The Good Nurse has become a streaming hit with its disturbing look at medical malpractice in the American health sector. Jessica Chastain and Eddie Redmayne star in the dark drama, which reveals how nurse Charles Cullen committed numerous murders while evading detection. But did Netflix tell the whole truth behind this shocking story? Time to separate the facts from the fiction...
What is the movie about?
Directed by Tobias Lindholm and adapted by Krysty Wilson-Cairns from the non-fiction book by journalist Charles Graeber, The Good Nurse focuses on real intensive care unit nurse Amy Loughren, played by Chastain, and her colleague Charles Cullen, played by Redmayne. They worked together at Somerset Medical Center — now called Robert Wood Johnson University Hospital Somerset — in Somerville, New Jersey.
Murder and medicine
As the film tells it, Loughren gradually becomes aware that Cullen isn’t the caring nurse she thought he was, as a picture emerges of patient deaths and murderous behavior. Through all this, however, Loughren and Cullen had a friendship, forged in the heat of the hospital night shift and its various pressures. The filmmakers wanted their relationship to be at the heart of the movie.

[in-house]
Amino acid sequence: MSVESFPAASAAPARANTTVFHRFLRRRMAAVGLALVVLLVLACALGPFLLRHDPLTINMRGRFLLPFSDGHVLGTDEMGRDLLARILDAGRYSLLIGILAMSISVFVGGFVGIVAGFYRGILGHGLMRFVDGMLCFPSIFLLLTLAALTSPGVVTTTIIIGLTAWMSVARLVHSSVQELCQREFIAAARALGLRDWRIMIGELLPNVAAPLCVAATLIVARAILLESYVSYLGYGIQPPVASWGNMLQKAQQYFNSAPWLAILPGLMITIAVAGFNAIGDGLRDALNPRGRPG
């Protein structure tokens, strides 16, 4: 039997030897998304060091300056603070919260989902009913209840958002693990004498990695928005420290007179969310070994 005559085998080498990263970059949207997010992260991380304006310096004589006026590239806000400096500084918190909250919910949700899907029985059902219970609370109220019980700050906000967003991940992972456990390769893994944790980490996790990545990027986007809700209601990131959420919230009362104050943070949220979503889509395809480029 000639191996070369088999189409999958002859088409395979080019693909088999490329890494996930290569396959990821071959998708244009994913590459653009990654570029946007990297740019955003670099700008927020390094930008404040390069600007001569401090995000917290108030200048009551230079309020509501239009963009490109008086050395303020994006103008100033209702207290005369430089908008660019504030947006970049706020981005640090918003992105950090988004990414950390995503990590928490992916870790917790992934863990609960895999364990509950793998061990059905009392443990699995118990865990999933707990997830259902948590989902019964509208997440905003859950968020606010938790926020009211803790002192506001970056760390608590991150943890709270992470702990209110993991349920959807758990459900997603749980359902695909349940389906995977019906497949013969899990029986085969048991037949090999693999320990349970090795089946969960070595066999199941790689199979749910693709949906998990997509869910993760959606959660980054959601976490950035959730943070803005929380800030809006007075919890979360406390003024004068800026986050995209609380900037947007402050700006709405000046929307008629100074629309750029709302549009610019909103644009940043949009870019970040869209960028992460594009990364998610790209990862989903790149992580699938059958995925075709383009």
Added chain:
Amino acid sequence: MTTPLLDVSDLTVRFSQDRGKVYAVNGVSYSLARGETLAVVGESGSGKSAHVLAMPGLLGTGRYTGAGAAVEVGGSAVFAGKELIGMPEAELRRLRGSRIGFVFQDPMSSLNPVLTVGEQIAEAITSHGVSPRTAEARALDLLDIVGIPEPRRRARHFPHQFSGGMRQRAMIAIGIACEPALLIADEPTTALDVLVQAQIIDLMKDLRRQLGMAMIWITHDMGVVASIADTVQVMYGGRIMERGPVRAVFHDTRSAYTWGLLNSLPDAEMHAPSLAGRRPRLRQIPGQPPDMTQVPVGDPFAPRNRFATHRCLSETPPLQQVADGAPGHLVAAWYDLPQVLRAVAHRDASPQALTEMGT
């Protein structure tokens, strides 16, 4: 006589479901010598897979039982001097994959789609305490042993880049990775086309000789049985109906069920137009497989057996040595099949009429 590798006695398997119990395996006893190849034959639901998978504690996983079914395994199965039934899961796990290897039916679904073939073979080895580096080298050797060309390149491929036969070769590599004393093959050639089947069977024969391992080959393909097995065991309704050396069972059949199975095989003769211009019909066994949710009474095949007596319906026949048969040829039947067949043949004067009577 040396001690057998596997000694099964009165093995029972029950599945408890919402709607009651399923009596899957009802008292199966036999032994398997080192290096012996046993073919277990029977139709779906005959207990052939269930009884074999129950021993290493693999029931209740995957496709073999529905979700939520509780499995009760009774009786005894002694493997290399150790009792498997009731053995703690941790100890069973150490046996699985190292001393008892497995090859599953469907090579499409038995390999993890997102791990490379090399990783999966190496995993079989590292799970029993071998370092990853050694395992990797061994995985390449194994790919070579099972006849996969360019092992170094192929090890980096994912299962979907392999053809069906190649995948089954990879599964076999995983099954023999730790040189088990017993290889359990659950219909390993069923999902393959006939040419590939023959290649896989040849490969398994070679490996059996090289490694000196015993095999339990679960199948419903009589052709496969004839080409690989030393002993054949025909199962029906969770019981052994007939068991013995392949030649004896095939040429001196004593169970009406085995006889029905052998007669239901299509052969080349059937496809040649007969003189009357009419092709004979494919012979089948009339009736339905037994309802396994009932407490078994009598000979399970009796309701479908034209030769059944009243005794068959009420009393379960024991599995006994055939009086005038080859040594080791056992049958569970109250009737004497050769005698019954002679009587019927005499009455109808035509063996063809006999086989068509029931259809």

Jessica Chastain speaks
Those involved in the production wanted to tone down examinations of Cullen’s motives and to touch on the alleged institutional failings that led to him going undetected for so long. Speaking to Harper’s Bazaar, Jessica Chastain described the film as “a true story about how a woman stopped a cycle of violence with humanity and compassion, and by reminding someone that he was human when everyone else was treating him like a monster.” That said, the human side of Cullen isn’t used to muddy the moral waters. “Tobias doesn’t want to give him an excuse,” she later added.
What’s the true story?
The question is, though: is The Good Nurse a strong reflection of its subject matter, or does dramatic license win out? Well, let’s begin by looking at the life of Charles Cullen. Born in 1960, he was raised in the Essex County township of West Orange, New Jersey. One of eight children, he lost both parents during his younger years. Father Edmond passed away when Charles was seven months old. Mother Florence died in a car accident after an epilepsy attack in 1977.